Challenge coins pass on heritage, history of Marine Corps
CAMP HANSEN, OKINAWA, Japan — Challenge coins are minted military coins embossed with a unit's insignia and commander's billet and are often given to service members by commanders to boost morale and honor service.
7/3/2008 By Lance Cpl. Joseph A. Cabrera, III Marine Expeditionary Force
During a two-day visit to Okinawa by Commandant of the Marine Corps Gen. James T. Conway and Sgt. Maj. of the Marine Corps Carlton W. Kent, several Marines from various units received challenge coins in recognition of outstanding work performance.
"It is a great sign of accomplishment," said Lance Cpl. Leenard Benologa, a supply administration clerk with Combat Logistics Regiment 35.
Benologa, like many others, received a challenge coin from the commandant.
"I think it's a huge honor," said Cpl. Jill Allred, a Marine Corps integrated maintenance management system specialist with CLR 35. "It's pretty cool to get the highest one."
The origin of the tradition cannot be traced to a specific time and place. There are several stories about how the tradition of challenge coins came into existence, some dating back to World War I.
In one story, according to a 2005 article "History of the Challenge Coin," written by Cpl. Wil Acosta and published on Marine Corps News, during World War I, members of one American flying squadron received unit medallions embossed with the unit's insignia from their commander. One of the unit's pilots kept the medallion in a leather pouch worn around his neck.
While flying a mission, his plane was shot down by German forces, and he was captured. To discourage the pilot from tying to escape, the Germans took the pilot's identification.
While en route to a prisoner of war camp, the pilot did manage to escape. He dressed in civilian attire to evade capture by the Germans.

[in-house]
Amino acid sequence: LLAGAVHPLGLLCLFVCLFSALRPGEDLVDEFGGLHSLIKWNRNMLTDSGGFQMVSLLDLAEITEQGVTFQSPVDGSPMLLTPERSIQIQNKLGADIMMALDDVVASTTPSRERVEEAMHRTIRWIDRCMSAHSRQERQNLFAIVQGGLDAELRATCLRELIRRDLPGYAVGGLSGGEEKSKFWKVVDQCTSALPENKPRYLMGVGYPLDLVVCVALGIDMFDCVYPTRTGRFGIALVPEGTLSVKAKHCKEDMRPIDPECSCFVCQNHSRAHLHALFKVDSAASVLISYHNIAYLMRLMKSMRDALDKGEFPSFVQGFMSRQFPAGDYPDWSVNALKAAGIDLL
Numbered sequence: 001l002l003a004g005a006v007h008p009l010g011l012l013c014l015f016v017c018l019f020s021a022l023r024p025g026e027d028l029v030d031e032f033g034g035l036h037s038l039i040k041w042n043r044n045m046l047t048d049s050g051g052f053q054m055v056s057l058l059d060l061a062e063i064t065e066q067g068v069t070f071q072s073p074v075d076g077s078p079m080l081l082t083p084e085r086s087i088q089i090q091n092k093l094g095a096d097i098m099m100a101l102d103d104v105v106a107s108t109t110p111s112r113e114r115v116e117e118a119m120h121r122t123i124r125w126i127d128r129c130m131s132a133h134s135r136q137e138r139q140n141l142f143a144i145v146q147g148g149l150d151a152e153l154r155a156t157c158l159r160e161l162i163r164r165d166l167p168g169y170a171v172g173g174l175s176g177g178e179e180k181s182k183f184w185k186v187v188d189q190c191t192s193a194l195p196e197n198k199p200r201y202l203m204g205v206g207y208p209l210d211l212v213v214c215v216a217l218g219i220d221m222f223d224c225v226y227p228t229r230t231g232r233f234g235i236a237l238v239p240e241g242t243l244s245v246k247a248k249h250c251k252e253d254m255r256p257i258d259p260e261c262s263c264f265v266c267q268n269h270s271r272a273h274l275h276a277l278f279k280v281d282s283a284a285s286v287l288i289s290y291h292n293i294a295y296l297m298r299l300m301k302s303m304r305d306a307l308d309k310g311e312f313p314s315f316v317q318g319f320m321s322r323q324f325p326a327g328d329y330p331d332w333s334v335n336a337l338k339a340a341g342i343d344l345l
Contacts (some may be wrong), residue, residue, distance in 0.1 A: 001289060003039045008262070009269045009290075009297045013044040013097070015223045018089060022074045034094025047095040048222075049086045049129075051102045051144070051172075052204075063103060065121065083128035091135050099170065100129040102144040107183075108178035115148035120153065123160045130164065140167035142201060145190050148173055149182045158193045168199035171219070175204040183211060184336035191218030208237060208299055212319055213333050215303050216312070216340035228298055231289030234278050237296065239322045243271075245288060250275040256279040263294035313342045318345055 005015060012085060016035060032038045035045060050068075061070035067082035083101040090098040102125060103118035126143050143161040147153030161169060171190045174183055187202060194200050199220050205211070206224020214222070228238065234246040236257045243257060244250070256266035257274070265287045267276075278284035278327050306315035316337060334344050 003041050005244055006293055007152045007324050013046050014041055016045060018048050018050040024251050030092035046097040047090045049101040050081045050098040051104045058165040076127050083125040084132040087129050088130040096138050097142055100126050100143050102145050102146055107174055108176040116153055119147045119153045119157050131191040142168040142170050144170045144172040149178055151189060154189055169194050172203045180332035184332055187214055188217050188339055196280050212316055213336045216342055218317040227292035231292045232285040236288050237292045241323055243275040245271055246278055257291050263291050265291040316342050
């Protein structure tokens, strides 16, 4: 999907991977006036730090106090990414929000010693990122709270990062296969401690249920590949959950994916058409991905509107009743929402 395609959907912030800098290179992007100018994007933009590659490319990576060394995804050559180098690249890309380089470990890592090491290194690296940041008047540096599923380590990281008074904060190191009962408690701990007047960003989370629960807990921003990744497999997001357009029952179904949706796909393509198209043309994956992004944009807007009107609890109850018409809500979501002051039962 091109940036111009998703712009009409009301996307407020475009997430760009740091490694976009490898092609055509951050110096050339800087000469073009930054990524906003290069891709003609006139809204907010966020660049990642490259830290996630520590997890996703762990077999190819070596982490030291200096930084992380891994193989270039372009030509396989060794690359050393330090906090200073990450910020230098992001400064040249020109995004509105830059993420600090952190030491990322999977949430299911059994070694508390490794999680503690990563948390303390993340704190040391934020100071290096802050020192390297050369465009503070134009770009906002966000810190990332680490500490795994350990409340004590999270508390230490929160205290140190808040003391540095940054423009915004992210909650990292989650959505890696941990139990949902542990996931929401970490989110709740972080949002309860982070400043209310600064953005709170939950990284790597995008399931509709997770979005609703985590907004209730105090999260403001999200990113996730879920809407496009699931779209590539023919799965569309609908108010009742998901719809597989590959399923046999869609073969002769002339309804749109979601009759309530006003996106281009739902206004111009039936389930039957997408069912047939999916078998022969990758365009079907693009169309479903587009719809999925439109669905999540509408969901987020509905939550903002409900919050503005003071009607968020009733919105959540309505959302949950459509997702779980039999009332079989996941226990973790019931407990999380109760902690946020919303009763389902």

The pilot was later found by French troops who had recently been advised to watch for German soldiers dressed in civilian attire. Unable to prove his identity, the pilot faced certain death. His life was spared, however, when the insignia on the unit medallion was recognized as an American flying squadron.
Instead of executing the American pilot, they gave him a bottle of wine. After hearing of the pilot's story, service members began carrying the medallion, and when challenged, any member not in possession of the medallion would have to buy the challenger a drink.
In another story, according to http://www.globalsecurity.org, the tradition of challenge coins may have originated during the Vietnam War. Service members with free time would indulge in a variety of activities, to include drinking at bars.
They formed what was called bullet clubs. Service members on the front lines often carried a separate bullet to use on themselves to avoid being captured by the enemy.
While in the bar, the service members would often challenge each other to see who was carrying that extra round of ammunition.
Anyone who could not produce the round bought drinks the rest of the night. If the challenged person was able to produce the round then his bar tab would be covered by the challenger.
Service members began bringing larger caliber rounds to the bars as a sign of machismo, even cannon and artillery munitions. To avoid the accidental discharge of the ordnance, bullets were replaced with coins bearing the units insignia.
Today, the tradition of using the coins to challenge one another is familiar to many Marines, yet is not commonly witnessed.
For Capt. Edward McDonough, the commanding officer of Headquarters Battery, 3rd Bn., 12th Marines, the coins hold a different value - sentimental. His collection is a reminder of former units and friends.
"It is so you can remember the Marines to your right and left, and the guys you served with," he said.